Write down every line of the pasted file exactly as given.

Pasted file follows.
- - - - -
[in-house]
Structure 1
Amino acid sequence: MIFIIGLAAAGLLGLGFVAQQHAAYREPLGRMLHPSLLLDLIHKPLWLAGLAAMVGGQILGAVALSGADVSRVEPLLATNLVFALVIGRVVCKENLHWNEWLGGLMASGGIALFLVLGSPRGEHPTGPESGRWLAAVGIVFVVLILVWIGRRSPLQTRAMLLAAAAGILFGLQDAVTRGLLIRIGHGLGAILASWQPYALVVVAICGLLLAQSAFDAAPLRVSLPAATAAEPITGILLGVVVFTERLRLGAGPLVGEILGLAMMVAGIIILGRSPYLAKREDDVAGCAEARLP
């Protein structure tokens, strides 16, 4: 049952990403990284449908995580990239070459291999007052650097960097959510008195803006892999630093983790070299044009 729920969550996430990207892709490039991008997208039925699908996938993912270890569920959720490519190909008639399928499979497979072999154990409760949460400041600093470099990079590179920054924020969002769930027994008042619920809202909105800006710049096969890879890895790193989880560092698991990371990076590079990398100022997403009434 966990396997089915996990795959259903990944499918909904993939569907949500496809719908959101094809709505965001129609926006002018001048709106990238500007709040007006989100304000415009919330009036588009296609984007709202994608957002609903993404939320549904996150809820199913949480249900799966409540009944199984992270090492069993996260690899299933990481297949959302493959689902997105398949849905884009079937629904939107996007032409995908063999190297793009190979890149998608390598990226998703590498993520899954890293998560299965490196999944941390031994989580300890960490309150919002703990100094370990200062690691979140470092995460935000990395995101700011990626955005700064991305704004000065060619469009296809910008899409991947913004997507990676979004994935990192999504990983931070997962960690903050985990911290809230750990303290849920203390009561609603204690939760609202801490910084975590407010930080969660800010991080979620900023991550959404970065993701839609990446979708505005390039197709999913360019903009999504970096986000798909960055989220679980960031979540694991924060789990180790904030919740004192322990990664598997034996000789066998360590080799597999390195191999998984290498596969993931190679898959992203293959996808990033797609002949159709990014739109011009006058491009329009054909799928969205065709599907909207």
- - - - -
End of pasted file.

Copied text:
[in-house]
Structure 1
Amino acid sequence: MIFIIGLAAAGLLGLGFVAQQHAAYREPLGRMLHPSLLLDLIHKPLWLAGLAAMVGGQILGAVALSGADVSRVEPLLATNLVFALVIGRVVCKENLHWNEWLGGLMASGGIALFLVLGSPRGEHPTGPESGRWLAAVGIVFVVLILVWIGRRSPLQTRAMLLAAAAGILFGLQDAVTRGLLIRIGHGLGAILASWQPYALVVVAICGLLLAQSAFDAAPLRVSLPAATAAEPITGILLGVVVFTERLRLGAGPLVGEILGLAMMVAGIIILGRSPYLAKREDDVAGCAEARLP
């Protein structure tokens, strides 16, 4: 049952990403990284449908995580990239070459291999007052650097960097959510008195803006892999630093983790070299044009 729920969550996430990207892709490039991008997208039925699908996938993912270890569920959720490519190909008639399928499979497979072999154990409760949460400041600093470099990079590179920054924020969002769930027994008042619920809202909105800006710049096969890879890895790193989880560092698991990371990076590079990398100022997403009434 966990396997089915996990795959259903990944499918909904993939569907949500496809719908959101094809709505965001129609926006002018001048709106990238500007709040007006989100304000415009919330009036588009296609984007709202994608957002609903993404939320549904996150809820199913949480249900799966409540009944199984992270090492069993996260690899299933990481297949959302493959689902997105398949849905884009079937629904939107996007032409995908063999190297793009190979890149998608390598990226998703590498993520899954890293998560299965490196999944941390031994989580300890960490309150919002703990100094370990200062690691979140470092995460935000990395995101700011990626955005700064991305704004000065060619469009296809910008899409991947913004997507990676979004994935990192999504990983931070997962960690903050985990911290809230750990303290849920203390009561609603204690939760609202801490910084975590407010930080969660800010991080979620900023991550959404970065993701839609990446979708505005390039197709999913360019903009999504970096986000798909960055989220679980960031979540694991924060789990180790904030919740004192322990990664598997034996000789066998360590080799597999390195191999998984290498596969993931190679898959992203293959996808990033797609002949159709990014739109011009006058491009329009054909799928969205065709599907909207």